Patryk Kosmider - stock.adobe.co
Nearly 17 months after the government first launched its search for a chief digital officer, that role has finally been filled with the appointment of the Home Office CDO, Joanna Davinson.
It would be an understatement to say this appointment has been a long time coming – it took multiple delays and two rounds of recruitment to find the right candidate. However, the announcement – and with it the creation of a new Central Digital and Data Office (CDDO) – is also a welcome one. It comes at a crucial time for digital public services in the UK, which, without immediate action, we may see falling behind those of our neighbours.
The idea that we might be saying this in 2021 would have been inconceivable just 10 years ago. At that time, the UK was at the cutting edge of digital government, and our innovations were something to be aspired to by governments around the world. Only nine years after the creation of the Government Digital Service (GDS), however, we find ourselves in something of a digital slump.
The last year saw the private sector make huge leaps forward as companies came forward with innovations in response to the Covid-19 pandemic. Many of these have been piloted, scaled and deployed in settings across the country, transforming public services – sometimes temporarily, often permanently – in a way that none would have expected 12 months before.
However, other digitally focused efforts – and the highly publicised challenges that arose from them – served only to highlight how slowly the digital government machine moves, even in the most urgent of times.
This is the case whether we talk about Covid – where the approach to the development of the vital NHS Covid-19 app was problematic – or Brexit, where in the first week after the end of the transition period, the challenges in moving goods across borders became the first standout example of how public bodies may need greater autonomy to react to wholesale changes in how things are done.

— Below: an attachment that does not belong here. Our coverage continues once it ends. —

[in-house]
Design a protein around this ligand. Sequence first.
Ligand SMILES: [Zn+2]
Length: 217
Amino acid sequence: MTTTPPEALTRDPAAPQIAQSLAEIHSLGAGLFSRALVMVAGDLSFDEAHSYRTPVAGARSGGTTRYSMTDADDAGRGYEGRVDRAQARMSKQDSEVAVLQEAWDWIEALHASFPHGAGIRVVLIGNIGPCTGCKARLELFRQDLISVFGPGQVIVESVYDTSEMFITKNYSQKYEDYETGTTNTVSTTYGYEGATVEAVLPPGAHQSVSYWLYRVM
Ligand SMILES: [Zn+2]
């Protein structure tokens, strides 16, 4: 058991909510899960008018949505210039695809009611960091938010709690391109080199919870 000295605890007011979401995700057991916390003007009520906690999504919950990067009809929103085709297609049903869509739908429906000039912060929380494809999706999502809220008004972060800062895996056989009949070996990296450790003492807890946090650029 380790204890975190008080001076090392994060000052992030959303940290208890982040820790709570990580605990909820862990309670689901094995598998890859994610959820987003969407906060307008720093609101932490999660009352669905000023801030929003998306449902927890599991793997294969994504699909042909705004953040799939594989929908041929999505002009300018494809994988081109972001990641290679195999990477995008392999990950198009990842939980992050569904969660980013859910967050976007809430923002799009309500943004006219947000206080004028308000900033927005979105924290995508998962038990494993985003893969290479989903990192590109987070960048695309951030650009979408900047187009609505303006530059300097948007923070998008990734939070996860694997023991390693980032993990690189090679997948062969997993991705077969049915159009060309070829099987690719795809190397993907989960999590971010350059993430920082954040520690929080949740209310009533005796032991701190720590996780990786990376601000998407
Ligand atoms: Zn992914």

As the UK begins the process of social and economic renewal post-Brexit, and post-Covid, a digital reboot is critical.
The creation of the CDDO and Davinson’s appointment, as well as those of Paul Willmott as CDDO chair and Tom Read as the new CEO of GDS, will play a vital role in breathing life into digital public services. With the CDDO’s remit, there is no doubt we will see a move away from that centralised, slow-moving approach to digital public services that, as things stand, is failing citizens and must be replaced.
Put simply, however, these announcements – the new appointments, the new office – will not be enough to put the UK ahead.
Over the last six months, the Commission on Smart Government has undertaken extensive work in this domain to identify the major barriers to better digital government. We have identified a number of areas in which action should be taken to reduce barriers and build capability in this area.